Found In Transition: Cipriana Quann On The Moment Hair Became More Than Just Hair
05/16/14 - Comments
Between trying to learn about demarcation lines and the frustration that can come with dealing with two different textures, throwing in the psychology of transitioning hair can be unwelcomed stress you’re not ready for.
For many, transitioning is something that happens casually. But, my experience was different. I didn't wake up one day deciding this was the day I would transition—I just wanted to omit chemicals from my hair regimen and manage my hair’s different textures. I wasn't ready for the big chop, and I definitely wasn’t prepared to deal with the aesthetics of my natural hair.
The skewed outlook of what "beautiful" hair should look like did not sit right with me, because it was an image so far from my Mother's beautiful afro of the 80's which I envied and adore. So, I began my decade long transformation. When I finally started, I didn’t expect the coils of Tracee Ellis Ross (I wasn't that "aesthetically naive") but it had been years since I saw my natural texture.
When my true hair texture surfaced, I wasn't prepared for all the kinks sans the curls. I couldn’t believe I didn’t have a single curl! Soon transitioning took its toll; I was no longer content with the idea of becoming natural. I did ANYTHING to manipulate them into a texture far from own. After my umpteenth bantu knot, I begin to wonder. Why did I feel the constant need to disguise the beauty of my kinks? I did not see my true beauty?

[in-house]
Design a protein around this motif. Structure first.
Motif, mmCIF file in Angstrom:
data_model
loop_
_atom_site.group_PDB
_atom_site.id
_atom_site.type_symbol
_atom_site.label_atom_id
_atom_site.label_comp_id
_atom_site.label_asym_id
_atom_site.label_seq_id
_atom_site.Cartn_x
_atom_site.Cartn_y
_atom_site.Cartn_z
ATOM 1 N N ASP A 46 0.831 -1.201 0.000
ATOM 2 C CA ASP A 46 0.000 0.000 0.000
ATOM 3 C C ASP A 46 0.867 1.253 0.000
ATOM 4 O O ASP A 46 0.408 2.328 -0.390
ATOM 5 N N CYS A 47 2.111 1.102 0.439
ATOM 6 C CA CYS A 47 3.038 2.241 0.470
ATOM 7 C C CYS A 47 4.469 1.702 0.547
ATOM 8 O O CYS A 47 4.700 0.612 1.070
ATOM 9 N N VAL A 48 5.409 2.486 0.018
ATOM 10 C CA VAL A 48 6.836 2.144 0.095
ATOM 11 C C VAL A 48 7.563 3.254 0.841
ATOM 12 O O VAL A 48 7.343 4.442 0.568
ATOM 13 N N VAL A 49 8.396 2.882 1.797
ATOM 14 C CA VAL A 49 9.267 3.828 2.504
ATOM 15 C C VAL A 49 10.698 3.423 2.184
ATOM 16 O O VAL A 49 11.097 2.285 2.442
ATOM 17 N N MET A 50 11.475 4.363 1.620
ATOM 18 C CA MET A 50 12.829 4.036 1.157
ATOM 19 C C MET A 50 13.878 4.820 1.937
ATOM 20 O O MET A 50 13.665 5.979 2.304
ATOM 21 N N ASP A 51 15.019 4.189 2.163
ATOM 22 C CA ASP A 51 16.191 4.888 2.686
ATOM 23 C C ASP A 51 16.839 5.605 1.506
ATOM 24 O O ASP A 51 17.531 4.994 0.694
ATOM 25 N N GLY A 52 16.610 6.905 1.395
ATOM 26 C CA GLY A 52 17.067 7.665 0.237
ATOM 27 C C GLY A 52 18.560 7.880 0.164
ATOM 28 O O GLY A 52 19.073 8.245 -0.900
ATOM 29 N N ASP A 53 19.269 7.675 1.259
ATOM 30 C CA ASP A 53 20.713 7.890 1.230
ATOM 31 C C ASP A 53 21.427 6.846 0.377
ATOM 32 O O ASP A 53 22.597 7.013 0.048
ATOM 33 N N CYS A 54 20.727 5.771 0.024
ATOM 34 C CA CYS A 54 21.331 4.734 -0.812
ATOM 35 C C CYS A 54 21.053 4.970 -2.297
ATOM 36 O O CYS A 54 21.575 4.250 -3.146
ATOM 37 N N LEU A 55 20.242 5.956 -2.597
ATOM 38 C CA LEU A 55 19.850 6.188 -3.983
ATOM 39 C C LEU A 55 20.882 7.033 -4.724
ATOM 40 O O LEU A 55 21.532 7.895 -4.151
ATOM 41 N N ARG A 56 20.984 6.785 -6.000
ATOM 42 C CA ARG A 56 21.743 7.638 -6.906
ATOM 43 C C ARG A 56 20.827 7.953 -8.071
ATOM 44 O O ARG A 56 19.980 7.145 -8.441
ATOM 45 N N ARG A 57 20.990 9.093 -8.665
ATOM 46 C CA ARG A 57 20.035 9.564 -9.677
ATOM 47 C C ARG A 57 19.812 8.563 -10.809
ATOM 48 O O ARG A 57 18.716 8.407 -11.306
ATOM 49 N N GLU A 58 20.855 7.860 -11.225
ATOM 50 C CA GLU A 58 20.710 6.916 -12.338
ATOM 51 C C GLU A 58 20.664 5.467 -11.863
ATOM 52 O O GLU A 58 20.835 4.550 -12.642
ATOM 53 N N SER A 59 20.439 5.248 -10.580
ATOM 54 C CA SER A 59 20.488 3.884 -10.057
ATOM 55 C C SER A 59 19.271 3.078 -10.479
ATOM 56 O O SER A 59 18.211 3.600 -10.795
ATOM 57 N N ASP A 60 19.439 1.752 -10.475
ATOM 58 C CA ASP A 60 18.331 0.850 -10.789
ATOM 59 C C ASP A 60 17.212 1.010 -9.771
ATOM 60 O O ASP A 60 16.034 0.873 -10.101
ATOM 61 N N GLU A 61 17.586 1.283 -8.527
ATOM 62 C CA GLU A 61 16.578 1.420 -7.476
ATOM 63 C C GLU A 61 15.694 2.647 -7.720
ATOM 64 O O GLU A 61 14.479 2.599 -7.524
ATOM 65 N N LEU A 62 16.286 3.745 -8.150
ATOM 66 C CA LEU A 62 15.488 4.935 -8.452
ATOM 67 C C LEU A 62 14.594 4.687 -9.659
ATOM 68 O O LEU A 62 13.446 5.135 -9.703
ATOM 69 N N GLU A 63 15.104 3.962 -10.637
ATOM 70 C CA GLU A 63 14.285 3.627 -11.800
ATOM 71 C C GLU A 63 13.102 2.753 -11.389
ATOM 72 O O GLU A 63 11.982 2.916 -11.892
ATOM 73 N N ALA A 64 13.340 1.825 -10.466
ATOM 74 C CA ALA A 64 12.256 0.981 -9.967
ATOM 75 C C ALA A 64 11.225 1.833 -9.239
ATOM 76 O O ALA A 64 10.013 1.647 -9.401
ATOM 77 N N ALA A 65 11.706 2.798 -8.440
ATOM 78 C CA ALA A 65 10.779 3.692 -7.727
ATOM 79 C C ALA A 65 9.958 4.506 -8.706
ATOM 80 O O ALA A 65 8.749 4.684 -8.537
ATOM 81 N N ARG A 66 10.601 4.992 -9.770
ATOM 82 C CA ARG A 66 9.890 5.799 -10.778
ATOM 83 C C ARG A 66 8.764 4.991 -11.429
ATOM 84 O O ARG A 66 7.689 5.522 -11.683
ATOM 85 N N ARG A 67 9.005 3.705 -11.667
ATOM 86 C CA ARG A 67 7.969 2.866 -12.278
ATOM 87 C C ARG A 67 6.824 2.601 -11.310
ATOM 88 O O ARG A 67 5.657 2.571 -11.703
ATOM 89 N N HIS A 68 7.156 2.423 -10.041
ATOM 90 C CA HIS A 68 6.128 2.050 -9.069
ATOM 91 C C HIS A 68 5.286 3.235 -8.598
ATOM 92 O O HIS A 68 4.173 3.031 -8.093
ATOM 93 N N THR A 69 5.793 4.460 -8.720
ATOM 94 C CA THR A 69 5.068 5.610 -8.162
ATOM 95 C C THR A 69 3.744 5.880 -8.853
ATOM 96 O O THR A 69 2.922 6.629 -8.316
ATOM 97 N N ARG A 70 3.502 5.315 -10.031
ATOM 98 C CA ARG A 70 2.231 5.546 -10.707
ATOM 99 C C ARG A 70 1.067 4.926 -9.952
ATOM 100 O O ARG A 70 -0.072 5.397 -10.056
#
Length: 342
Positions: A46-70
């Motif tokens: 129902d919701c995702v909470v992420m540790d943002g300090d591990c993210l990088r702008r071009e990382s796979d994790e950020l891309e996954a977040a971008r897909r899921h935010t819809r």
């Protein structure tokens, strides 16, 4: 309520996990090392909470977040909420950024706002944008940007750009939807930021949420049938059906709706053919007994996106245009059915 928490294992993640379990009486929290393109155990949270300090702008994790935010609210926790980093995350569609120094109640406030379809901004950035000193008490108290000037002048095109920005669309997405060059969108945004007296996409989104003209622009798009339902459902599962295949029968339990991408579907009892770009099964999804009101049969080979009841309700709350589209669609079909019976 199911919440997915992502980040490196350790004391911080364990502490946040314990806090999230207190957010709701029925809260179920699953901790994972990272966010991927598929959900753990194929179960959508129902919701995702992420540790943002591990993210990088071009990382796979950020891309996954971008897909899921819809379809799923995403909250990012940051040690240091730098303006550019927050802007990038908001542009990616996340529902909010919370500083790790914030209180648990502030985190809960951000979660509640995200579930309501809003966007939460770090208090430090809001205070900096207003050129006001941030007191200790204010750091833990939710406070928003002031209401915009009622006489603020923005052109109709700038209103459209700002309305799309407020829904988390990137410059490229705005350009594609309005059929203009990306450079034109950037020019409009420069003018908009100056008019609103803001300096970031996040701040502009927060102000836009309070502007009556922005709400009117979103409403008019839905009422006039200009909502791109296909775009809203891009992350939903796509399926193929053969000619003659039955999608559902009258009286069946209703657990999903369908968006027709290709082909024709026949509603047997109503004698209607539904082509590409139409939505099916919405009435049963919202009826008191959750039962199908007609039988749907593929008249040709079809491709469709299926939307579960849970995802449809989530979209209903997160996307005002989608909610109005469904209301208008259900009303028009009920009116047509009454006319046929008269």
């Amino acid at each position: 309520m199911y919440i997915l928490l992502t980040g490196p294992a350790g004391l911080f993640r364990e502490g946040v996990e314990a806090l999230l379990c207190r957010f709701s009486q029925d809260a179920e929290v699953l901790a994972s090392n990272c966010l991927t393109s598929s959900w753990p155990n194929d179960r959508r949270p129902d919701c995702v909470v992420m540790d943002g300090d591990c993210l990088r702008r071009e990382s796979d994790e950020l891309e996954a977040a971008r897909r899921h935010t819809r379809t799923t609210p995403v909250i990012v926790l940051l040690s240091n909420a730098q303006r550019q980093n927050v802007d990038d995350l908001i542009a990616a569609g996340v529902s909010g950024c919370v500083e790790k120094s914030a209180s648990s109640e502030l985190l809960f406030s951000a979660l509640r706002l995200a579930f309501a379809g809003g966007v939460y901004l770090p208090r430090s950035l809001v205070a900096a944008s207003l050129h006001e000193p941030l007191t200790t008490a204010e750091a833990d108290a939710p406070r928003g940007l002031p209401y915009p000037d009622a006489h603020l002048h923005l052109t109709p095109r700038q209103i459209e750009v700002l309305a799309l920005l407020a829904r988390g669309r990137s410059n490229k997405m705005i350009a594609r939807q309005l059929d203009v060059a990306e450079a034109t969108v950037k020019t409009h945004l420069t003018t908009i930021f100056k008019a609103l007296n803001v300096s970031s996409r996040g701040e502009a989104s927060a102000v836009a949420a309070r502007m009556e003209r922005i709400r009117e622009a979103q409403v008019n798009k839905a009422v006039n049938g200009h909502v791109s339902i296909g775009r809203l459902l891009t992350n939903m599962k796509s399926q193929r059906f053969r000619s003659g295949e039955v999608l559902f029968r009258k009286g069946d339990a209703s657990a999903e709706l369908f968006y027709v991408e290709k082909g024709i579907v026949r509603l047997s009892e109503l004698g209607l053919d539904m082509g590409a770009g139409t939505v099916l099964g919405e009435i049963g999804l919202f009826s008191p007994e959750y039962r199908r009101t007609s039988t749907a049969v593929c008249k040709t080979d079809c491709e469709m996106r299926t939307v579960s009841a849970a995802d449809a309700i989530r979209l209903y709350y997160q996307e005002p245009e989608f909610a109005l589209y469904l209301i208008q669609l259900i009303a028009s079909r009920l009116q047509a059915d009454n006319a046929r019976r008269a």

Like a butterfly from the cocoon, that "ideal standard" of beauty changed, and with it my confidence bloomed in a way I had never seen before. I was also more aware of my health. As I became cognizant of what I was placing on my hair, I became sensitive to what I was digesting. For some of us, hair is just hair and that is okay. Defining someone’s worth through the strands on her head is a game I want no part of, but for me, hair represented a physical transformation of the internal struggle of becoming who I was meant to be...me.
Cipriana Quann is a former model who transitioned 10 years of fashion industry experience into UrbanBushBabes.com, where she is Editor-in-Chief.